Stopping the Spread

Discussion in 'NCAA Football' started by Wick36, Jul 20, 2010.

  1. Wick36

    Wick36 Welcome to the Jungle

    Joined:
    Jul 14, 2010
    Messages:
    5,283
    Stopping the Spread

    I like to play a lot of Man or Zone with just the lineman rushing... but I don't get enough pressure and eventually someone gets open.

    The LB v WR matchups tend to get abused if I'm not running Cover 1 or something similar.

    If I bring a small blitz, they normally get blocked, and if I send a medium to large blitz, people always seem to be open right away.

    What do you do against people who use a lot of 4/5 WR sets.
     
  2. OregonGunner

    OregonGunner Walk On

    Joined:
    Jul 13, 2010
    Messages:
    175
    My advise (I consider myself a good defensive player, not the best) is patience. Mix up your coverages; man, cover 1, 2, and 3. I usually don't like blitzing because of the reasons you pointed out, however I have found that the occasional corner blitz works well when you are playing a QB that tends to have happy feet.

    Mixing it up and having patience is the key for me. I always err on the side of giving up the short passes to stop the big hitters. I like the 4 (instead of 3) man rush because, if the drive is long enough, usually you will get a sack eventually. And then I just try to make the drive take as many plays as possible, thinking that will increase my chances of getting a pivotal sack or turnover.....

    my 2 cents
     
  3. Archie Griffin

    Archie Griffin Walk On

    Joined:
    Feb 19, 2009
    Messages:
    5,738
    My formula looks like this:

    1: Spread the D-Linemen. Ends get to the QB much quicker, and if I'm going to get beat, I prefer the inside run to the out.

    2: Blitz off the edges - not the outside CB's, but the guys over the slots. They get home faster. Also, I like to attack the RB rather than the TE, so I call a blitz off one edge, and flip the play if I see a shorter route to the QB on the other side.

    3: Throw junk at it - I try to drop ends into coverage, zone blitz, and do anything the guy I'm playing may not be ready for. He's seen cover 1, 2, & 3 a million times. All you need is one floater over the middle to get a pick. Try to force a bad read.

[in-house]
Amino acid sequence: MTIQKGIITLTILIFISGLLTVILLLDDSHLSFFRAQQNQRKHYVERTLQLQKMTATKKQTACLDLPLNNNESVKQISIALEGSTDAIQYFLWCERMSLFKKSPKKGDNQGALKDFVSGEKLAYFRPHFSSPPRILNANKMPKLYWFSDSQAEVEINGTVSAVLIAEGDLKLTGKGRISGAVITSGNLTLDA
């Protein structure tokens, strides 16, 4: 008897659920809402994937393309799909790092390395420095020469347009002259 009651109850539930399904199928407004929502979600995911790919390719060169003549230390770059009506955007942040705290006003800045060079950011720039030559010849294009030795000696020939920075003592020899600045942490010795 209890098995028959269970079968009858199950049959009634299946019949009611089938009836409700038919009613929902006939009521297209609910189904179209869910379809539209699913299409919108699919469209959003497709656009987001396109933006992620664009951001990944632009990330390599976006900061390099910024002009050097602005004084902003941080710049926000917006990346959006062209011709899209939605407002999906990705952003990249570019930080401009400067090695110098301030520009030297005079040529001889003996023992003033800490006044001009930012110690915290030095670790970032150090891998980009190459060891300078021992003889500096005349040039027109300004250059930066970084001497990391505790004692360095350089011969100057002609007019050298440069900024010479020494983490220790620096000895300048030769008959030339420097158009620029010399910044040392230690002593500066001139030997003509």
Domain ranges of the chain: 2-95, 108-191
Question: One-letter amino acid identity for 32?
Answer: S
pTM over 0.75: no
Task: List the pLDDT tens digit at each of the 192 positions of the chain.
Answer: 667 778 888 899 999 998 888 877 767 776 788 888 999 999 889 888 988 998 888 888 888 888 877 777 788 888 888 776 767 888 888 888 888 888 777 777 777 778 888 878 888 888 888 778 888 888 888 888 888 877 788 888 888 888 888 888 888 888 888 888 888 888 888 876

4: No easy reads. Shift the D. Show blitz and drop into zone. Set your audibles specifically for stopping the spread (no need for that 4-3 Under LB blitz to be in your book when your playing Oregon, for example. But five different dime package audibles - that can come in handy.

    5: And most important - look at the other guy's team. Does he have three WR's averaging 20 ypc? Is his HB his leading receiver? Chance are he'll do to you what he does to everyone else. If he bombs away, drop more guys deep. If he throws to the HB, keep your corners at home rather than back in cover 3.

    At least that's what I try to do.
     
  4. Wick36

    Wick36 Welcome to the Jungle

    Joined:
    Jul 14, 2010
    Messages:
    5,283
    Seems pretty solid.
     
  5. Wellar21

    Wellar21 Walk On

    Joined:
    Dec 9, 2009
    Messages:
    446
    Good advice, I just got beat by someone playing Texas going 4/5 WR no huddle all game. Allowed 54 points...and I thought I was good at defence lol. Just gotta mix up that play calling more.
     
  6. smlVICTORIES53

    smlVICTORIES53 Walk On

    Joined:
    Jul 21, 2010
    Messages:
    3,245
    I find moving the D-line around and then slanting them helps. I'm just like everyone else who has already posted, bend but don't break is the key. Plus when I'm playing someone like that, I slow the game way down. I'll do 3 to 4 yards and a cloud of dust all game to milk the clock. Eventually you burn enough time to force your opponent to hurry and go on the fly even more than he'd like which leads to mistakes.
     
  7. johngalt11

    johngalt11 Walk On

    Joined:
    Jul 23, 2010
    Messages:
    894
    I think that mixing it up is the way to go here. Like a few of the previous posters mention, the other players have seen a lot of the basic play calls, so by switching it up you can catch them off guard in effort to get a sack, turnover or incomplete pass.

    I also try to make sure that I have my corners covering receivers so that they can keep up speed wise. I tend to allow some passes in front of me while attempting to make sure no one gets behind my safety.

    Last but not least, I try and look at what I would do against myself to limit any weaknesses. If I see a hole in my defense and try to fix it before my opponent catches on.
     

Share This Page